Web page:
ABSTRACT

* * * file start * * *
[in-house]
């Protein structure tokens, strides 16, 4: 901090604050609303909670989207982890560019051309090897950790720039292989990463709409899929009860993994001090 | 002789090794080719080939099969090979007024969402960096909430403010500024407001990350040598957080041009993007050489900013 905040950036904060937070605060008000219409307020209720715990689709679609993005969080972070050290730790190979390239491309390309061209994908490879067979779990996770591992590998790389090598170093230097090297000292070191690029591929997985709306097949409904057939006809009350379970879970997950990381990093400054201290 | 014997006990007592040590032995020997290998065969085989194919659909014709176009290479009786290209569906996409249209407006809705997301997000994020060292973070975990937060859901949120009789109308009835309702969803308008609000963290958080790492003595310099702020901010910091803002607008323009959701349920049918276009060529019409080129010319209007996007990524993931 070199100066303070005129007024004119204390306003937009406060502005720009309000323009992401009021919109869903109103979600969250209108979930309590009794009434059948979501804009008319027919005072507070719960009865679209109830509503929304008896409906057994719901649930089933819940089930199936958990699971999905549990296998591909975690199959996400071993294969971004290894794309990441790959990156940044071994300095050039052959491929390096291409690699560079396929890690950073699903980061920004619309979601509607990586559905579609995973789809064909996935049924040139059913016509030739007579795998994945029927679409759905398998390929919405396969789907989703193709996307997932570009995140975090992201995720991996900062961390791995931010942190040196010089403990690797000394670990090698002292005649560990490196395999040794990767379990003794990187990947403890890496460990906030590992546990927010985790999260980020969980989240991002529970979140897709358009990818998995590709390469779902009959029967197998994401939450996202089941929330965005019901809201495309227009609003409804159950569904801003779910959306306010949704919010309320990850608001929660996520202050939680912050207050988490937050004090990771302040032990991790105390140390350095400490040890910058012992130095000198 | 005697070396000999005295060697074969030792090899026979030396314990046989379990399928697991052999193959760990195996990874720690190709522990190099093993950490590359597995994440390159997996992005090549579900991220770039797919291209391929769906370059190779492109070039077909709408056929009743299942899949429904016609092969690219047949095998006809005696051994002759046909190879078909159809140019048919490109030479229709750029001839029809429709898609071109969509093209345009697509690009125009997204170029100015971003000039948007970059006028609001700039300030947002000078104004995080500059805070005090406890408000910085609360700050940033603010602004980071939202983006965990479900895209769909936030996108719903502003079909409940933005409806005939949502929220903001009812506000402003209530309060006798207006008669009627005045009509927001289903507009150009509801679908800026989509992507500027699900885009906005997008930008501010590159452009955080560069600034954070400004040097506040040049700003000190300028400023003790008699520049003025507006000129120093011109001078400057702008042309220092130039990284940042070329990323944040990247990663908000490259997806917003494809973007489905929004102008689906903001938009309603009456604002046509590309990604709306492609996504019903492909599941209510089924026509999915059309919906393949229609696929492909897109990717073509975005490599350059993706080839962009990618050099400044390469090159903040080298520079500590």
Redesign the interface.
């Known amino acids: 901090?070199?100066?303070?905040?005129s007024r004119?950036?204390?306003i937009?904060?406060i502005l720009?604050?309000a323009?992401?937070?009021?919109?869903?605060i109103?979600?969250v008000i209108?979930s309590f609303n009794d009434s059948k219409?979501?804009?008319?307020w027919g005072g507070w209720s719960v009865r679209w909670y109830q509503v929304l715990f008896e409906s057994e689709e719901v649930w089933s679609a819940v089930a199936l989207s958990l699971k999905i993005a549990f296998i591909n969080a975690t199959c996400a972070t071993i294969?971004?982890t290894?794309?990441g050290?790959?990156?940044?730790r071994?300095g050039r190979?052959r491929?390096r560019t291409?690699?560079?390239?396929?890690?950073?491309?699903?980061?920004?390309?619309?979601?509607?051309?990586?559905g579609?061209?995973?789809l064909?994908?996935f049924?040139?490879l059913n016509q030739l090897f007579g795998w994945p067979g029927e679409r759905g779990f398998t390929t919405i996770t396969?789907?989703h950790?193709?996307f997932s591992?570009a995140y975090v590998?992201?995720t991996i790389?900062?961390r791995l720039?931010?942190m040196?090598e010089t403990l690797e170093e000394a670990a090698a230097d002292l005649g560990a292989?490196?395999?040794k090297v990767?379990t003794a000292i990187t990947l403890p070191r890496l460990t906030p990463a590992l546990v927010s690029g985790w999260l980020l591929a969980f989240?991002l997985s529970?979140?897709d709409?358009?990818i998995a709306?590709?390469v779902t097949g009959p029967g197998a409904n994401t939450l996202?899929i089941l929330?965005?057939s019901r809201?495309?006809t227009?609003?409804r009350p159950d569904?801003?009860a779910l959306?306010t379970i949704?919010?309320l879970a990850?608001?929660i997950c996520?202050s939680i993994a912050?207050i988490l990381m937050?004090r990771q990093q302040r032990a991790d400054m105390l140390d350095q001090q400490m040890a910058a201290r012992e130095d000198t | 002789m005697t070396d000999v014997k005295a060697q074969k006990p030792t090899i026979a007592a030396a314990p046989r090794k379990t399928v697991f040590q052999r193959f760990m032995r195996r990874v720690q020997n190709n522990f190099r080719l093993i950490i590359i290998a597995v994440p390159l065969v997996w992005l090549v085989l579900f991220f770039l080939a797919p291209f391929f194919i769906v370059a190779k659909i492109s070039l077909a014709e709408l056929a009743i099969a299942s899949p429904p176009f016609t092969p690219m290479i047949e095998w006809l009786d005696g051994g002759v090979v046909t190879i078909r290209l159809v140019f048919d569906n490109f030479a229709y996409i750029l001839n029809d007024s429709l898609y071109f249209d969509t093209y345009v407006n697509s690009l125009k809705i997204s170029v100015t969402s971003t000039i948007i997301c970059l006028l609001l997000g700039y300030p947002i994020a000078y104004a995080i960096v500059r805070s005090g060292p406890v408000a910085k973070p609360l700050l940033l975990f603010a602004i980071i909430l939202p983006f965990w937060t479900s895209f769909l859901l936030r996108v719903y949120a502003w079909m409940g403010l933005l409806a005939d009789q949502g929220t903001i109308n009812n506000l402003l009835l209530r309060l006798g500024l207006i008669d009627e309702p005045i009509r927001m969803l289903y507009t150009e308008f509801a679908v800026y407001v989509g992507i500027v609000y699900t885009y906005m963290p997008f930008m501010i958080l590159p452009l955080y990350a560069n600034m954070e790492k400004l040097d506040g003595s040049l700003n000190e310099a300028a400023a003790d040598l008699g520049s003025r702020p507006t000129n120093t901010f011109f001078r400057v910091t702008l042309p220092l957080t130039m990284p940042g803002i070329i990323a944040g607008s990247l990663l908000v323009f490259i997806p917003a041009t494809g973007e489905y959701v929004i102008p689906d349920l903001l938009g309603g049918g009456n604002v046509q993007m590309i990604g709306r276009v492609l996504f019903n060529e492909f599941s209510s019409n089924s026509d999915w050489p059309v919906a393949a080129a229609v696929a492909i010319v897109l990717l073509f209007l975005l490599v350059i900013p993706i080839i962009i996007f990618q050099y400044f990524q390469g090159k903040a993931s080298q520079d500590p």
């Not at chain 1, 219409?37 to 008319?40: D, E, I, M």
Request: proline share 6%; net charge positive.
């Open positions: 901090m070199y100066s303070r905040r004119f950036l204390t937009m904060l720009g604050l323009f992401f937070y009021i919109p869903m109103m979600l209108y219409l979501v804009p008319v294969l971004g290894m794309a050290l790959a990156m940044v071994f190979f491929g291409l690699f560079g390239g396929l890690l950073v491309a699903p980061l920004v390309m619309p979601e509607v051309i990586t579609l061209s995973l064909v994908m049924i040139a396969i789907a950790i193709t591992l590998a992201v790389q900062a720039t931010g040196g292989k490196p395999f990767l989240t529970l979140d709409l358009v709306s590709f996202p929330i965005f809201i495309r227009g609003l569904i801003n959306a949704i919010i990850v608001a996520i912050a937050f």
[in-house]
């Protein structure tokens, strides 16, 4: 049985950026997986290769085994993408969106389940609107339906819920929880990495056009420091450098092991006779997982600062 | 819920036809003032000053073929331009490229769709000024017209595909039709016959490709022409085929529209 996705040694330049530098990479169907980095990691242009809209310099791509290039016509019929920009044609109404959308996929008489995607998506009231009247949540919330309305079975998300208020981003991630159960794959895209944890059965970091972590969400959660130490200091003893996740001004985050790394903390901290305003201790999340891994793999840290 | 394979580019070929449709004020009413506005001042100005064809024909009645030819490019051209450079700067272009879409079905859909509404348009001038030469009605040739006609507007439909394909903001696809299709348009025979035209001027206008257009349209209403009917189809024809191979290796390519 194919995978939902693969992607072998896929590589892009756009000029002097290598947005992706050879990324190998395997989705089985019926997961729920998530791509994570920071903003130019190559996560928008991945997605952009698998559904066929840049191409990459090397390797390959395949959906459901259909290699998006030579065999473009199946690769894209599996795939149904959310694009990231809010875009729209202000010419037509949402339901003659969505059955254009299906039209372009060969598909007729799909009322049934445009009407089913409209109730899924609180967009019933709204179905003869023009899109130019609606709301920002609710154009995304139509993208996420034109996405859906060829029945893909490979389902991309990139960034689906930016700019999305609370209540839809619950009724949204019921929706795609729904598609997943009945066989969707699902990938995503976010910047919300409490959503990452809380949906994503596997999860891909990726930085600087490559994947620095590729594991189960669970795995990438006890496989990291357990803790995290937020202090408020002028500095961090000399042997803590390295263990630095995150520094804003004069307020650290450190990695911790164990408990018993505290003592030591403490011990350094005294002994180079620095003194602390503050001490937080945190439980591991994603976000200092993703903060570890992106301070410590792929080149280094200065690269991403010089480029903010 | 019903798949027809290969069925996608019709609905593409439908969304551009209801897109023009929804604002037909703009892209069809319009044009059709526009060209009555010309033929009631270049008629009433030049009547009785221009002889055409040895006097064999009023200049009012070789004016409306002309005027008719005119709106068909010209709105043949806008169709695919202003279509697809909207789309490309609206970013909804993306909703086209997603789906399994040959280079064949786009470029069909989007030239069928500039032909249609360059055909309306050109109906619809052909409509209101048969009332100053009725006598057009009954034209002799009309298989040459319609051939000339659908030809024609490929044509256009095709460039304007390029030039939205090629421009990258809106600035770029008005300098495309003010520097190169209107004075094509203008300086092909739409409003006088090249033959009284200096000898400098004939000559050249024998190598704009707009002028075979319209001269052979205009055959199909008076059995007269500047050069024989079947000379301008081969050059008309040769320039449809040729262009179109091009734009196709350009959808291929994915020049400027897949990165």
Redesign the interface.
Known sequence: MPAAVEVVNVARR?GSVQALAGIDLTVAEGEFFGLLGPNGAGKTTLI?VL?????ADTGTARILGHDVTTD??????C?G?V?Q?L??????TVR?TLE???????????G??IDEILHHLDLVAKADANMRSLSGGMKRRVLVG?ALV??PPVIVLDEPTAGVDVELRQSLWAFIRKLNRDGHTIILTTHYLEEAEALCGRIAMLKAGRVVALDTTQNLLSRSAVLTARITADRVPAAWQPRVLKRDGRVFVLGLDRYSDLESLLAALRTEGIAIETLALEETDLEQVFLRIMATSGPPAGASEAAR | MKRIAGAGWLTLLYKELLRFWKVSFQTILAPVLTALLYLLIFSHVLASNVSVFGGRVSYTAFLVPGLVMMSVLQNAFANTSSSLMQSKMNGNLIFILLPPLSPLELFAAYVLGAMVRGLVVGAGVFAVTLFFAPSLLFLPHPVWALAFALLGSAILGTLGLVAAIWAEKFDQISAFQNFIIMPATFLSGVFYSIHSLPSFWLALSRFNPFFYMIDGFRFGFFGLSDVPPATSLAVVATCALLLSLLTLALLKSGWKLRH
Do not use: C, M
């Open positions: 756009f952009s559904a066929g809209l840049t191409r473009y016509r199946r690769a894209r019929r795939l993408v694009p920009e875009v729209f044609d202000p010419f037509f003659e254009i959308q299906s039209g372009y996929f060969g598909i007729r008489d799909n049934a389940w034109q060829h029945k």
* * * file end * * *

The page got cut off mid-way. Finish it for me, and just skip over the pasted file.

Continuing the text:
We claim that international trade and foreign direct investment (FDI) by transnational corporations (TNCs) need not automatically lead to increased global competitiveness and convergence. Supply-side (competitiveness) policies may facilitate this process provided they address the problem of the apparent absence of a generally agreed upon framework, which recognizes that government measures may impact differently on different groups within and between countries and that they may have different short, medium and longer term effects. This necessitates focusing on global welfare and convergence-enhancing policies in the short and longer term. We suggest productivity-enhancing measures to be the best approximation available for this purpose. We move on to present a model of the determinants of productivity and competitiveness. We then propose a competitiveness strategy in line with the above, paying particular attention to the role of firm clusters, institutions and institution building.